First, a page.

September 20, 2015
Grace and Peace to you this morning. Grace and Peace.
On Rally Sunday, we celebrate the beginning of a new year for Sunday School and Christian Education. Having infants and children baptized this morning is a glimpse at the beginnings of Christian Education. Not necessarily the sacrament itself, but infants and children in their parents’ arms. That is where we as infants first learn about God: that we are loved, and what it means to be dependent upon another for our very existence. And holding an infant for whom we are totally responsible is where many parents first learn what it means to be knocked to your knees and needing to pray.
What we learn from our parents and families – the good, the bad and everything in between – is a huge piece of our default setting for how we see the world. Our family relationships as children become the standard against which all our later relationships get measured.
The good news about this is that all the good stuff that we get from our parents stays with us. The other good news about this is the not so good stuff we get from our parents (and the only problem with parents is that they had parents), we can grow through and discover new ways of doing it. This is part of what Christian education is: letting God have all of our lives, measuring life by the Gospel, nurturing and feeding what is good and loving and faithful, and letting the Holy Spirit transform what is not. Christian Education, in whatever form, is really servant training.
But what about when we don’t get it? Well, that’s where the disciples come in. For the third time, Jesus is explaining what is going to happen to him, and the disciples still have no clue what he is talking about. And, in a scene that every parent has played out at some point, “You didn’t know? Then why didn’t you ask?!”
They don’t get it, and they are afraid to ask, perhaps each one fearing they are the only one who does not get it, so instead, they drop back to their default. “So, which one of us is greatest? Which one of us really has it going on? Who is the teacher’s favorite?”
Jesus figures it out pretty easily. Not unlike the teacher who posted on the classroom board “I know when you are texting in class. Seriously, no one looks at their crotch and smiles.” It is fairly easy to see they have dropped back into default mode.
Jesus figures it is time for another lesson. And maybe they, and by “they,” I also mean “we,” might get it.
If you want to be great, serve. Jesus tells us and shows us that greatness in God’s eyes is not found in strength or military might, in success or piles of money, in status or being the best liked. Greatness in God’s way of doing things is found in serving others. You want to be the head of the class? Serve everyone else. You want to be a mighty Christian? Minister to those in need.
To emphasize the point, he puts the child in the midst of the disciples and says,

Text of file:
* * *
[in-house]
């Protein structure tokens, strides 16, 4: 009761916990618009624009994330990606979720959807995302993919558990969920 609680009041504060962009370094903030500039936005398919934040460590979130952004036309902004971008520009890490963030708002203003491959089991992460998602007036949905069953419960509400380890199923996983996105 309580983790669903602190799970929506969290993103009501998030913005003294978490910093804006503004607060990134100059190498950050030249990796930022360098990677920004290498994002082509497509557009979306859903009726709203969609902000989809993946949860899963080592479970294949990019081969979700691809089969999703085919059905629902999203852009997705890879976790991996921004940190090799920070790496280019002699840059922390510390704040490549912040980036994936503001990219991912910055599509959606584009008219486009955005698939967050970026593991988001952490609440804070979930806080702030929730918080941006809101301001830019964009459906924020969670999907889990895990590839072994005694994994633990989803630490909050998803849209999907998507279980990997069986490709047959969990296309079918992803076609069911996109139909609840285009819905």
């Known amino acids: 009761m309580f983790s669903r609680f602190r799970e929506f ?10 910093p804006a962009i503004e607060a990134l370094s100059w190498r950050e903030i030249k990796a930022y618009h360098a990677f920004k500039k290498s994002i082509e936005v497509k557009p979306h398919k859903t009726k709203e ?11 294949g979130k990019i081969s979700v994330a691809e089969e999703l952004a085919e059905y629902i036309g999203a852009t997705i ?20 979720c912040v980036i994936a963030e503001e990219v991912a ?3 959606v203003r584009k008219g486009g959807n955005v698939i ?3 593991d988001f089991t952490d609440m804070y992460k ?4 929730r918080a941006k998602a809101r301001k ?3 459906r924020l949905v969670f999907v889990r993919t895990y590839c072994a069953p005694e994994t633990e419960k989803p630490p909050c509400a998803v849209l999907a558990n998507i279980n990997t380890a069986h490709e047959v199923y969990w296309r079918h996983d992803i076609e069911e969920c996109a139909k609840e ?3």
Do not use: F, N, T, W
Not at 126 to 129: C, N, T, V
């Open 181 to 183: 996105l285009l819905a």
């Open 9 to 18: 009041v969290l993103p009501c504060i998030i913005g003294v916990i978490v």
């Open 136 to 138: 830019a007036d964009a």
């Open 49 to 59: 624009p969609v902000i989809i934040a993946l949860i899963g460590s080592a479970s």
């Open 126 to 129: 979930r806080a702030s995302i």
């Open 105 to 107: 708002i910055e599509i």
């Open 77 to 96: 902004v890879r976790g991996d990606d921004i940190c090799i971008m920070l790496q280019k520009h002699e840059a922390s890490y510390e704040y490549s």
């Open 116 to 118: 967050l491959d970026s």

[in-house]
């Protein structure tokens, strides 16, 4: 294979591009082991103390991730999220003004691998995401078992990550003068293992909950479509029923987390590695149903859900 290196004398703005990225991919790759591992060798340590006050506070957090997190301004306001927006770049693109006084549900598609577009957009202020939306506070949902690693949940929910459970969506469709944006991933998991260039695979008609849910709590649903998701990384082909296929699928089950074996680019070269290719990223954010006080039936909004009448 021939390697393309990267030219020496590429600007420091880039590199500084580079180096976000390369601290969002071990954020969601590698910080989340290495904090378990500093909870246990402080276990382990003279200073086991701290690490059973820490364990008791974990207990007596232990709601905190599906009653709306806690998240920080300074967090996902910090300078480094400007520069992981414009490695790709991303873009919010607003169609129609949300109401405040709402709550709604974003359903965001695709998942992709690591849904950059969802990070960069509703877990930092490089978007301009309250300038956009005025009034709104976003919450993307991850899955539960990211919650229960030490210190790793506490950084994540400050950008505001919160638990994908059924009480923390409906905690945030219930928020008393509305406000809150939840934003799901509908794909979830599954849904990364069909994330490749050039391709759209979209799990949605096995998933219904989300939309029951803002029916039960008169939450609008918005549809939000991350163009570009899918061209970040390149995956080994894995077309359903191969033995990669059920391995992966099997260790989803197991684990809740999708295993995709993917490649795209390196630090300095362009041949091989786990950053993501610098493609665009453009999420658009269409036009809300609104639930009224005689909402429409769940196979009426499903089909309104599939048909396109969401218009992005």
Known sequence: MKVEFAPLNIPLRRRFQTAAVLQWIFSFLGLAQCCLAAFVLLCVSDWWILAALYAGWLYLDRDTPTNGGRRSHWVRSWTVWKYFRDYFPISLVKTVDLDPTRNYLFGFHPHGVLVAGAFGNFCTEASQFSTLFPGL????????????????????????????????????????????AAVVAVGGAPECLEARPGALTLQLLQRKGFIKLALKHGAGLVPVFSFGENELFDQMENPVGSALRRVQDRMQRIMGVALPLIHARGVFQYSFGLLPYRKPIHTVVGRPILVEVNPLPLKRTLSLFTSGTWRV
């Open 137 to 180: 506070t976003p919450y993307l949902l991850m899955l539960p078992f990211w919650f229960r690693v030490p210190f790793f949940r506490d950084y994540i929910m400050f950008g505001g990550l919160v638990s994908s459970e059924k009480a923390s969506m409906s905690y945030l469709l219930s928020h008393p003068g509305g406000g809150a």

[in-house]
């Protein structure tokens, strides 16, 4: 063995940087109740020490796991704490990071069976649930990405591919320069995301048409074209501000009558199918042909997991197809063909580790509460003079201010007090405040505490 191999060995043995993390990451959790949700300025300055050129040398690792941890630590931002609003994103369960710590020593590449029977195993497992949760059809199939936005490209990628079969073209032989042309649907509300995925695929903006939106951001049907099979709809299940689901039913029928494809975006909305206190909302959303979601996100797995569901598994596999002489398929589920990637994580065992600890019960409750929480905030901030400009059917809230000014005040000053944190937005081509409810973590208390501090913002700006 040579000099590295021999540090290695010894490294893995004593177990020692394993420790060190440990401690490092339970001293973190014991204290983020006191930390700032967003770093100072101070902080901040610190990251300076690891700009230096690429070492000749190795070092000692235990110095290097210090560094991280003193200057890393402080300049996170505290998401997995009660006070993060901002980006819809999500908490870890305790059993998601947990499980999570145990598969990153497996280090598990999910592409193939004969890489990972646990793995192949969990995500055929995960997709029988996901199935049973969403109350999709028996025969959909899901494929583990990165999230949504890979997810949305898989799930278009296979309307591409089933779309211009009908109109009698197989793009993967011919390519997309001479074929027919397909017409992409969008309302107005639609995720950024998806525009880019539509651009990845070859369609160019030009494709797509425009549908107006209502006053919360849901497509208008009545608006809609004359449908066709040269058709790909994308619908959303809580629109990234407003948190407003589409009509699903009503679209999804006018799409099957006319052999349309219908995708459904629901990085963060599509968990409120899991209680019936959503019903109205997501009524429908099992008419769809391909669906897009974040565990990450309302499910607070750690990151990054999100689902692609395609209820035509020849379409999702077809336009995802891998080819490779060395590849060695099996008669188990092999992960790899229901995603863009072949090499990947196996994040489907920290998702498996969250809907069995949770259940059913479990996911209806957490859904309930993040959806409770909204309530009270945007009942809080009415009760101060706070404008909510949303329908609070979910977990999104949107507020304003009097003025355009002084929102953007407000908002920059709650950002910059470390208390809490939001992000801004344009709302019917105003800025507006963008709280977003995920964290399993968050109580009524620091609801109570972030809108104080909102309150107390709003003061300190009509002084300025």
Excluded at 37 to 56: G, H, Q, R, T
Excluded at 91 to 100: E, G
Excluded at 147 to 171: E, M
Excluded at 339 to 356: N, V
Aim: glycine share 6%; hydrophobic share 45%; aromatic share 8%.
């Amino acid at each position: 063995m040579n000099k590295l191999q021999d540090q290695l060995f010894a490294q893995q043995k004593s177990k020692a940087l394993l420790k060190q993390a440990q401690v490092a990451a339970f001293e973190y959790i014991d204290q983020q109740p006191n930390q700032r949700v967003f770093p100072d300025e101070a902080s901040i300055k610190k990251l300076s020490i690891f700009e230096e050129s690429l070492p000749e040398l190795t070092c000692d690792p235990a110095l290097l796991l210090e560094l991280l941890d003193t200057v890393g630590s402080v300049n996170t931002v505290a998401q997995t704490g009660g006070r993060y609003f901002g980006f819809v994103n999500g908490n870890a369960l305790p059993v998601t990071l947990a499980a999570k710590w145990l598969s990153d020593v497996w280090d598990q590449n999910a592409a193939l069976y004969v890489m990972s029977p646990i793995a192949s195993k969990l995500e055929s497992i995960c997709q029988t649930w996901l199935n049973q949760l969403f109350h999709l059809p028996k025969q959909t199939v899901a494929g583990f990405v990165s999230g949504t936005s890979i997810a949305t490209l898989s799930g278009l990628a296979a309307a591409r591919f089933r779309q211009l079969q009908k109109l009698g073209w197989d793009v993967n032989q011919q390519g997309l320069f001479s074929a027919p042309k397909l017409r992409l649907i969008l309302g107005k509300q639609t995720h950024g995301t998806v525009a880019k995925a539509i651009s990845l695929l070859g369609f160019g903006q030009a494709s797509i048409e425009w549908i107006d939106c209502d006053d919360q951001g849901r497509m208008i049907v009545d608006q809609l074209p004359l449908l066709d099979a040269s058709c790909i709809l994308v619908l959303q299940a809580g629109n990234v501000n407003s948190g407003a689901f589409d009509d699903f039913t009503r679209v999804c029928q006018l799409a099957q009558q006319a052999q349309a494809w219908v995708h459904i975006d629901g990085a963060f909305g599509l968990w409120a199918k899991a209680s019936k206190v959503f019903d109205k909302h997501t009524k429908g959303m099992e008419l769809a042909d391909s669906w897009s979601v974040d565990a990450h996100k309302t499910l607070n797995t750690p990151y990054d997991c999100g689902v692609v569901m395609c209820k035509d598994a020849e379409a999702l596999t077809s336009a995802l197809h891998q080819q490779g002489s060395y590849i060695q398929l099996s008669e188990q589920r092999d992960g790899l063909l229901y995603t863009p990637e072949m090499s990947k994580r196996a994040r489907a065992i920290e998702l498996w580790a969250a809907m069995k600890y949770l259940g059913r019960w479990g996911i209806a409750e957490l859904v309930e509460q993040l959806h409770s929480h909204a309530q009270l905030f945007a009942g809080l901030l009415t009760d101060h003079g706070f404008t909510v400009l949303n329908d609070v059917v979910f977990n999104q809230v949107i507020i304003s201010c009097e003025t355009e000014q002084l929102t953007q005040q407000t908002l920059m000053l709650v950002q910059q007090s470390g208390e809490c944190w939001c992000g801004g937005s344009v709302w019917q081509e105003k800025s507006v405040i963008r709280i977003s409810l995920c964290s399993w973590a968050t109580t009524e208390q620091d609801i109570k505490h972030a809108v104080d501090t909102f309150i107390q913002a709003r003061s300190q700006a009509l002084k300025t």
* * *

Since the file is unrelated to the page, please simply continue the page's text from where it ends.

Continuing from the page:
Whoever welcomes one such child
in my name welcomes me,
and whoever welcomes me
welcomes not me but the one who sent me.
Why a child? This is not his “we must become like a child to enter the kingdom” sermon. This is not the one about being cute and curious and unafraid to ask incessant questions. That is another of Jesus’ lessons. This one is about who gets welcomed. David Juel writes:
“In ancient culture, children had no status. They were subject to the authority of their fathers, viewed as little more than property. Membership within the community of the faithful will involve giving status to those who have none. Accepting such an unimportant member of society in Jesus’ name is equivalent to accepting Jesus. And accepting Jesus is equivalent to accepting God. Hospitality, a major aspect of life in the ancient world, is to be extended to the most unlikely, thus challenging traditional notions of status.
Hospitality to the unimportant will be a hallmark of the circle of Jesus’ followers, as it was in Jesus’ own ministry. And this has everything to do with faithfulness to the one whose rejection and death mark the way to glory.”
— (Mark, Augsburg Commentary, pp.133-4)
Jesus stands in the prophetic tradition that cries out from the wilderness that God’s people will be faithful when they faithfully take care of the widows and orphans. Aside from the rare exception, women and children in those days found their social security in their family connections. So widows and orphans, already at risk and seen as “less than,” having lost the family connections, are at the far edge of society. It is precisely on behalf of these edgeward people that the prophets call out for justice and mercy to be given.
Jesus takes it a step further: welcoming one of these – the least, the edgeward, the marginalized – in his name is like unto welcoming him, and welcoming him is like unto welcoming God.
Recently, Bob Miller reminded me that time alone does not heal grief. Time plus work heals grief. You have to deal with it, preferably with the help of those who know the path.
The same is true of changing our default settings. It is easy to fall back into the default of comparing us and them, this with that, insider and outsider. It takes time – time plus servant training– to come to a new way of seeing one another and the world. And we need the help of one who knows the path, one whom we welcome when we welcome the widow, the orphan, the outcast, the unloved and the unlovely.
For when we welcome one of these, we welcome Jesus. And when we welcome Jesus, we welcome God.
Thanks be to God.